He glared at her, then unbuttoned his tac gear, pulling his arms free and pushing it down to his waist to reveal the dark T-shirt beneath.
He peeled the tac suit down to his waist, revealing a snug T-shirt beneath whose sleeves were tight around bulging biceps.
Tiberius sent 4000 Jewish and Egyptian freedmen to the island to bring the brigands to submission (Tac. Ann.
10-40, son of an Arsacid princess (Tac. Ann.
18) to Zeno, the son of the king of Pontus (Tac. Ann.
He is said to have been very cruel in consequence of his education among the Dahan barbarians (Tac. Ann.
To strengthen his power he killed all the Arsacid princes whom he could reach (Tac. Ann.
We learn that he intervened in the Greek city Seleucia in favour of the oligarchs (Tac. Ann.
85 and was defeated at the battle of Mons Graupius (Tac. Agric. 29).
In the time of Tiberius there was a project for regulating the river and its outlets from the lake, against which the citizens of Interamna and Reate energetically and successfully protested (Tac. Ann.
9; Tac. Ann.
48-51, and was finally captured and sent to Rome (Tac. Ann.
Vicena stipendia meritis (Tac. Ann.
When heated with zinc dust, tac: acid decomposes into carbon monoxide and hydrogen.
They intersect regularly at right angles, dividing the town into square blocks, like modern Mannheim or Turin, according to a Roman system usual in both Italy and the provinces: plainly they were laid out all at once, possibly by Agricola (Tac. Agr.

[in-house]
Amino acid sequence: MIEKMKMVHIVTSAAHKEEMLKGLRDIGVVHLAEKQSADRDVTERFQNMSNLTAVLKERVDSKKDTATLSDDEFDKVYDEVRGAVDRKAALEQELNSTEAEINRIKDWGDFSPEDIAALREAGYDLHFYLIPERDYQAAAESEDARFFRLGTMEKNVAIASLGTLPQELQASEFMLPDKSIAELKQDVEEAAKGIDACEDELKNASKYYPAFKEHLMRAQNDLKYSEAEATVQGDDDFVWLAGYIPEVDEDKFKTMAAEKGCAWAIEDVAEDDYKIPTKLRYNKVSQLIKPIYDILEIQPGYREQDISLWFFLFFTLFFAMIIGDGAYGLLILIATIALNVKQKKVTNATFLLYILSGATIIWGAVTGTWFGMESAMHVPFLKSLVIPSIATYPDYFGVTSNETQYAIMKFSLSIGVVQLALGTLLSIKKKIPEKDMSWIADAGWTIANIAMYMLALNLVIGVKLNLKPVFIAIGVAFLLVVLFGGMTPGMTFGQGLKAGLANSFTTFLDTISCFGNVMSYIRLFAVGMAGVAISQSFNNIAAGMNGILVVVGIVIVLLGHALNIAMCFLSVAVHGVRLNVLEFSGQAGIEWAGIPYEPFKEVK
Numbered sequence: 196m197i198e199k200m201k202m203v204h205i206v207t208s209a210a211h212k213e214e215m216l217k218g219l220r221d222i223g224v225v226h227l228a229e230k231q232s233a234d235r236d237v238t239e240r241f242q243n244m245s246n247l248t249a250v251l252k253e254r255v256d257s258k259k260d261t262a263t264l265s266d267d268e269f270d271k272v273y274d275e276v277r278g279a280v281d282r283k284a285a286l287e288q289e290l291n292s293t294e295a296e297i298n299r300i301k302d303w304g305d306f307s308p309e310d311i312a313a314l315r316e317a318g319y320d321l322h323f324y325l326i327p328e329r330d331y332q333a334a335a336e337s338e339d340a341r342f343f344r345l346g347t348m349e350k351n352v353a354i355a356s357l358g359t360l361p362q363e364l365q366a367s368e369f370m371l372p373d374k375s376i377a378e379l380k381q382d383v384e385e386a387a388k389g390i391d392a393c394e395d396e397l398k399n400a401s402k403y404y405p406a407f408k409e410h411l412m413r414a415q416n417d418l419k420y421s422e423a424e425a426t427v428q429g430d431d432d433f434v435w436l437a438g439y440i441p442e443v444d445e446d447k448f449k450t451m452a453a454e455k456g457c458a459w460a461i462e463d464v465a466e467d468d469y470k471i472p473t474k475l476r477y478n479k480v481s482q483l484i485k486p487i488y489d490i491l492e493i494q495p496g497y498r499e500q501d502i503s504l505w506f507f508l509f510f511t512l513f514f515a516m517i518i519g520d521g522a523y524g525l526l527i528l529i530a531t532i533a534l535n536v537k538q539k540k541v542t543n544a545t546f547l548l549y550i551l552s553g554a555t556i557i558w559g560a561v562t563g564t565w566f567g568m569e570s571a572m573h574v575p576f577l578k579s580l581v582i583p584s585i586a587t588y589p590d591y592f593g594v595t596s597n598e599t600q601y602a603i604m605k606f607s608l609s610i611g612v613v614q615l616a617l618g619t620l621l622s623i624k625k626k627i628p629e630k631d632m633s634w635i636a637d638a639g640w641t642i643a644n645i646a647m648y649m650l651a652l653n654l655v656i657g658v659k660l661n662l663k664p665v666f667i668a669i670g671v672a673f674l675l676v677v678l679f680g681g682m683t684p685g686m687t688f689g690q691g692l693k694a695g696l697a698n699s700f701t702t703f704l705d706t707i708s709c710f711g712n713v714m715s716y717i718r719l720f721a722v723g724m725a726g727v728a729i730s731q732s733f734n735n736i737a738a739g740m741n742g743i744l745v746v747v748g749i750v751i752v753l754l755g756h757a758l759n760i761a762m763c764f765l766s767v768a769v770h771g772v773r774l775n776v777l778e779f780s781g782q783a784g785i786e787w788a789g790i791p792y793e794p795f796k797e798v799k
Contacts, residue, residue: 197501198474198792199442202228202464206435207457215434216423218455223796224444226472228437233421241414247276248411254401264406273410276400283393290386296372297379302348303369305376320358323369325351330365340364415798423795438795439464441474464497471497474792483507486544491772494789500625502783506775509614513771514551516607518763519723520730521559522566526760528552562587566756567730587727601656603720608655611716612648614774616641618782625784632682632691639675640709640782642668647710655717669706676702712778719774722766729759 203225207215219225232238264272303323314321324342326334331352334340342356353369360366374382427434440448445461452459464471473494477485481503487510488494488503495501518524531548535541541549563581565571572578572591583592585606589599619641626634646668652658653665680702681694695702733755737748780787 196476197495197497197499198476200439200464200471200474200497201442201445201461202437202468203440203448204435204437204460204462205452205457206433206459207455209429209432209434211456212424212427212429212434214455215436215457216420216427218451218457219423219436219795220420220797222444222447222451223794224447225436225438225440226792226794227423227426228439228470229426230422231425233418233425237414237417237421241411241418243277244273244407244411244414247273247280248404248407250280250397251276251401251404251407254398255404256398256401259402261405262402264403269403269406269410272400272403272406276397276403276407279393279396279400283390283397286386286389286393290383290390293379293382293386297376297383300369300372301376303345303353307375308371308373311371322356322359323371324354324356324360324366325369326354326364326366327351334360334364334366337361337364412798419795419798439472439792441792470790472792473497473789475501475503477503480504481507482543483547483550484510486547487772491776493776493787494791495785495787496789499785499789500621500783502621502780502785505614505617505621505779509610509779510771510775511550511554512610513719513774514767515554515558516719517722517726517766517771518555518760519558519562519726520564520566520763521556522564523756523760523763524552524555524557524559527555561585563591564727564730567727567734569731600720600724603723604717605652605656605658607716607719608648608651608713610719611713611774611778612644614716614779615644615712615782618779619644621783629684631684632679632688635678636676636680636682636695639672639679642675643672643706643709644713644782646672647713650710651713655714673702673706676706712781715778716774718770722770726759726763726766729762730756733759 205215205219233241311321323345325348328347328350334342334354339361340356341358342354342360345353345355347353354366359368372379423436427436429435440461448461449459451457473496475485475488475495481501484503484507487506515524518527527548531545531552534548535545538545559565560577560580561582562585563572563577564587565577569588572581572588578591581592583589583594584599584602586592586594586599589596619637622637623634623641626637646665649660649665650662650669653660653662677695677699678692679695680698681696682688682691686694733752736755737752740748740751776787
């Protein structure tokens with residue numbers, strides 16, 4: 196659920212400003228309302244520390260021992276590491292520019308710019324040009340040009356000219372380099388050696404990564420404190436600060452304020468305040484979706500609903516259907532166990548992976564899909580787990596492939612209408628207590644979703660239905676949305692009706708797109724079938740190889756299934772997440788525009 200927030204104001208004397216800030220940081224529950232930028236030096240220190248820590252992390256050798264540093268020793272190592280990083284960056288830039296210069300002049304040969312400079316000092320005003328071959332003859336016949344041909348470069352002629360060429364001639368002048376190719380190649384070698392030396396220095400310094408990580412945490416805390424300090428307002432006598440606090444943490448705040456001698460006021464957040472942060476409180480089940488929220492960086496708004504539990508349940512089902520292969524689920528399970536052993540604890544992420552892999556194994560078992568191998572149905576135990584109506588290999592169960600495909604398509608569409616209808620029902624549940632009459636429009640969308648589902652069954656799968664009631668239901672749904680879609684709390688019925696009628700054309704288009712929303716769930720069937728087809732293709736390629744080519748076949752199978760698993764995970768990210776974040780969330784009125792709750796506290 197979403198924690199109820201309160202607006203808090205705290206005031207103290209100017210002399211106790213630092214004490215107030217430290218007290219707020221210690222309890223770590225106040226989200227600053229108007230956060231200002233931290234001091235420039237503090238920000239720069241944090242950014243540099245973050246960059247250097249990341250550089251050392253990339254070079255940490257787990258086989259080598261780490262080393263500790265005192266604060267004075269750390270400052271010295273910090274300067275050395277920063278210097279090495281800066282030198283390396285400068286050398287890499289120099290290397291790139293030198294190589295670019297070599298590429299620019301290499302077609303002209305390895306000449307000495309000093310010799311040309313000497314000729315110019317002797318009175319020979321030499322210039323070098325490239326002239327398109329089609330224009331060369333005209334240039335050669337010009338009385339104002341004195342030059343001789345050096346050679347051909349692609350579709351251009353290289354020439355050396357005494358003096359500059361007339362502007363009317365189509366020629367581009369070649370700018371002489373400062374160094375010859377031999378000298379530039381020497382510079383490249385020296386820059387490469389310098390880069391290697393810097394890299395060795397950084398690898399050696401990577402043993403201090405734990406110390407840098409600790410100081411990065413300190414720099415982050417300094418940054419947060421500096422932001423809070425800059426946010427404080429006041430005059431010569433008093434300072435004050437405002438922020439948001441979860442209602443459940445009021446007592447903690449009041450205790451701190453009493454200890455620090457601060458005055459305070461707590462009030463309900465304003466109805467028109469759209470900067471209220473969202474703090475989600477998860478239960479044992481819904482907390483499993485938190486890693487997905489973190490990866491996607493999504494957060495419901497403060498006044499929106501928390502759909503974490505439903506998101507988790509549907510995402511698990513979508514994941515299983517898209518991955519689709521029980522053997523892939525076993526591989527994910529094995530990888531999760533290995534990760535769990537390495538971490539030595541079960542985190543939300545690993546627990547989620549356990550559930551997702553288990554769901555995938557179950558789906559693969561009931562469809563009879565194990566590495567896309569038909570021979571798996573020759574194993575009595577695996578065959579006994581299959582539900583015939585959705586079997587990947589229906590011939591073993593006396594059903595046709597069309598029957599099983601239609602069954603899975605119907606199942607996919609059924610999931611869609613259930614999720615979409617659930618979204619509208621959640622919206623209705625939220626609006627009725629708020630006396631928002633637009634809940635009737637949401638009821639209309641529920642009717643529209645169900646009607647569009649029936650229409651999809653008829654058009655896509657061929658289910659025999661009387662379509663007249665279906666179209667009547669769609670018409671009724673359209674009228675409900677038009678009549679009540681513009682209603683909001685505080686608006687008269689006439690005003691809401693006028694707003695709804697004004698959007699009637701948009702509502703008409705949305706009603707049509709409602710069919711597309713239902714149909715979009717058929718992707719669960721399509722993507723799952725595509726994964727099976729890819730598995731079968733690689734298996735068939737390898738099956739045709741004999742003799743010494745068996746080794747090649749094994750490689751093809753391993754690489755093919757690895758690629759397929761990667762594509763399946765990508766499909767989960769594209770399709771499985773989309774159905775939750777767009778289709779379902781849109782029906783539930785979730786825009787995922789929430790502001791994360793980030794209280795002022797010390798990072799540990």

Such was still the reputation of its mysteries that Germanicus endeavoured to visit the island, but was driven off by adverse winds (Tac. Ann.
63) an earthquake, which affected all the neighbouring towns, vented its force especially upon Pompeii, a large part of which, including most of the public buildings, was either destroyed or so seriously damaged as to require to be rebuilt (Tac. Ann.
In 43 he forced Seleucia on the Tigris to submit to the Parthians again after a rebellion of seven years (Tac. Ann.
3, 4), but did not dare to face the Roman legions (Tac. Ann.
8) and the Secular Games (Tac. Ann.
Many of the Parthian princes resided temporarily, as hostages or refugees, in the Roman Empire; but one notes that the nation at large looked with anything but favour upon too liberal an introduction of foreign manners at the court (Tac. Ann.
P. 459), or by pouring the water of a brackish stream over a fire of (saline) wood and collecting the ashes, as was done in ancient Germany (Tac. Ann.
The Germans waged war for saline streams, and believed that the presence of salt in the soil invested a district with peculiar sanctity and made it a place where prayers were most readily heard (Tac. ut sup.).
Later on, the right of creating patricians came to be regarded as inherent in the principate, and was exercised by Claudius and Vespasian without any legal enactment, apparently in their capacity as censor (Tac. Ann.
1.118, &c.; Tac. Ann.
25 by Tiberius and the Senate in favour of the Messenians (Tac. Ann.